Google drops

After reporting earnings and revenue that missed expectations, Google parent Alphabet Inc. said on Tuesday it would slow hiring and control expenses, signalling that it was girding for tough times ahead as the economy falters.

Google’s advertising juggernaut, which had largely dodged the digital-ad slowdown that hit rivals earlier this year, is no longer immune. Alphabet said third-quarter sales, excluding payments to distribution partners, were $57.27 billion. That compared with the average analyst projection for $58.18 billion.

Net income was $1.06 per share, less than Wall Street’s estimates for $1.25 per share. Shares fell more than 6% in post-market trading.

As spiraling inflation crimps growth in digital advertising, Google and competitors such as Meta Platforms Inc.’s Facebook and Snap Inc.’s Snapchat are fighting for smaller budgets. Last week, Snap reported its slowest quarterly sales growth ever, which sent its stock plunging and dragged down Alphabet’s shares too. Google’s search business, which is more insulated from economic swings than social media ads, has begun to show signs of weakness.

Alphabet Chief Executive Officer Sundar Pichai said the company was “focused on moderating operating expense growth.” Chief Financial Officer Ruth Porat, meanwhile, said she expected headcount additions to fall by more than half in the fourth quarter compared with the previous period.

“As we plan for 2023, we’ll continue to make important trade-offs where needed,” Pichai said. “Throughout Google’s history, periods of dedicated focus have enabled us to emerge strongly.”

Shares fell as low as $96.71, after closing at $104.48 in New York.

There were disappointing results across Alphabet’s sprawling portfolio. Search and other related businesses, the company’s financial engine, generated third-quarter sales of $39.54 billion, compared with analyst estimates of $40.87 billion. Philipp Schindler, Google’s chief business officer, said some advertisers have begun to trim spending.

Google’s YouTube missed the mark by an even wider margin, reporting ad sales of $7.07 billion, compared with analysts’ average estimate of $7.47 billion.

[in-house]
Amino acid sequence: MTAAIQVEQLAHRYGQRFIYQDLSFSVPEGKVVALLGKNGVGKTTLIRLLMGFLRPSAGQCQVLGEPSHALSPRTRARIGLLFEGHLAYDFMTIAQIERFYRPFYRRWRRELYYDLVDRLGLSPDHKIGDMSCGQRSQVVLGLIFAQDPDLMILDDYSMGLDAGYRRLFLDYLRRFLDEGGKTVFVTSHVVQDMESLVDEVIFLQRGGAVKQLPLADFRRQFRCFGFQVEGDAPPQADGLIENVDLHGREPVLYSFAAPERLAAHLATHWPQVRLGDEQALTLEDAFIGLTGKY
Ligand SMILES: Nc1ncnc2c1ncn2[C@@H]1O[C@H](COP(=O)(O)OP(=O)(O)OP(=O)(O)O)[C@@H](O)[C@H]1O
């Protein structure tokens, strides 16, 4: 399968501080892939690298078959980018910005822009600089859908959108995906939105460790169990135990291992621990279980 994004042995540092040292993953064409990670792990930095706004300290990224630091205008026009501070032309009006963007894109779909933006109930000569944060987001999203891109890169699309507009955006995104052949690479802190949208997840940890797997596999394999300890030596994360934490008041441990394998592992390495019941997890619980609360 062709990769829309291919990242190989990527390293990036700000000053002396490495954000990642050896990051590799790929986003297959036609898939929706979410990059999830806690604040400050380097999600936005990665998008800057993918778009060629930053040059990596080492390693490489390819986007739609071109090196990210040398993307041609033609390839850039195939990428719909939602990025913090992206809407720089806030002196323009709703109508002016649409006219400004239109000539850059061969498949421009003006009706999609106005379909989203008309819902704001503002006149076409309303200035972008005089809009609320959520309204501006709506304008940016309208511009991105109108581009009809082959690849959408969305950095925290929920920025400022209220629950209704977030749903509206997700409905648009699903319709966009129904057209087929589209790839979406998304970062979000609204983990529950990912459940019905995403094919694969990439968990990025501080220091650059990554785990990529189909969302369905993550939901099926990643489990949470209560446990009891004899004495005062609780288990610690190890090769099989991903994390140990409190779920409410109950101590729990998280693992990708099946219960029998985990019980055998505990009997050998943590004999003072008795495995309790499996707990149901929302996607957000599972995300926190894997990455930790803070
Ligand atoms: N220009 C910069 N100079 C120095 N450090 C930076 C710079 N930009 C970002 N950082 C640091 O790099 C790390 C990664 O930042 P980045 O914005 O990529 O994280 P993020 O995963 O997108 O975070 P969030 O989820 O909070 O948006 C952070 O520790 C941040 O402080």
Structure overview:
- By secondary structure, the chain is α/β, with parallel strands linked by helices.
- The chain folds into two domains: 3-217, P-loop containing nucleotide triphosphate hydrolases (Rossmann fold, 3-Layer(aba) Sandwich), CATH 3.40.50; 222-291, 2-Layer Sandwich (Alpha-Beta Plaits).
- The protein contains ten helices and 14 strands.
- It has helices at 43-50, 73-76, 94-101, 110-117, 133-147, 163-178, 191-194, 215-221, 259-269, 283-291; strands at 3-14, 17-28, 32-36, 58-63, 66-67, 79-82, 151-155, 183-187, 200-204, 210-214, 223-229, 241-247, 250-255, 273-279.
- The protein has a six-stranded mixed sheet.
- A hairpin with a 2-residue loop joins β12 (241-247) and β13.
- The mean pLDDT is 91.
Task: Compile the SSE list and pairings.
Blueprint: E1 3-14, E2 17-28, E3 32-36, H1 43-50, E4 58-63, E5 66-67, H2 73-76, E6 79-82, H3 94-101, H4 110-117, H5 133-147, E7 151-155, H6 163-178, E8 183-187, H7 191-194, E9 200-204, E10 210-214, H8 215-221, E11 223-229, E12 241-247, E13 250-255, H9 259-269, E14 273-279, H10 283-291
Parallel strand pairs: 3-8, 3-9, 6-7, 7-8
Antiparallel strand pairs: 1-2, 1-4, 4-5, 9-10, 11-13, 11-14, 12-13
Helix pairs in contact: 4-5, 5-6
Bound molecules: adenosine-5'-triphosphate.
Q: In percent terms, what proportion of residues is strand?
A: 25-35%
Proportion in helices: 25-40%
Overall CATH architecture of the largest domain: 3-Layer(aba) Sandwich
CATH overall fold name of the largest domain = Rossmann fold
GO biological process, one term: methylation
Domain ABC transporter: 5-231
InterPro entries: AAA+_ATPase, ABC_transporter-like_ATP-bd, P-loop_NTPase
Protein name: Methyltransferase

YouTube, which also fell short of expectations in the second quarter, is locked in a fierce battle for advertising budgets and users’ attention with ByteDance Ltd.’s TikTok. YouTube released a short-form video platform called Shorts to counter the popularity of TikTok, but analysts say the company still has ground to make up.

“Google needs to salvage stronger growth from YouTube to keep its head above the water,” said Evelyn Mitchell, an analyst with Insider Intelligence. “Being wholly reliant on how search performs, that’s not a good place to be.”

One bright spot was Google’s closely watched cloud offering, which lost $699 million, better than analysts’ projections for a loss of $814.25 million. The unit has yet to turn a profit, and Google is a distant third in the cloud market, trailing Inc. and Microsoft Corp. Yet the cloud business is nonetheless viewed as one of the company’s best bets for growth as the core search business matures.

Alphabet’s Other Bets — a collection of nascent companies that includes self-driving car company Waymo and life sciences unit Verily — saw $209 million in revenue on losses of $1.61 billion. In September, Verily, which has experimented with diabetes-detecting contact lenses and launched Covid-19 testing programs, said it raised $1 billion in new investments led by its parent company.

While Google has taken steps to control costs during the economic downturn, it will take time for the company to see the benefits, said Tejas Dessai, a research analyst at Global X ETFs.

“It’s a big company — it will take some time to trim fat,” he said.


Top JSE indices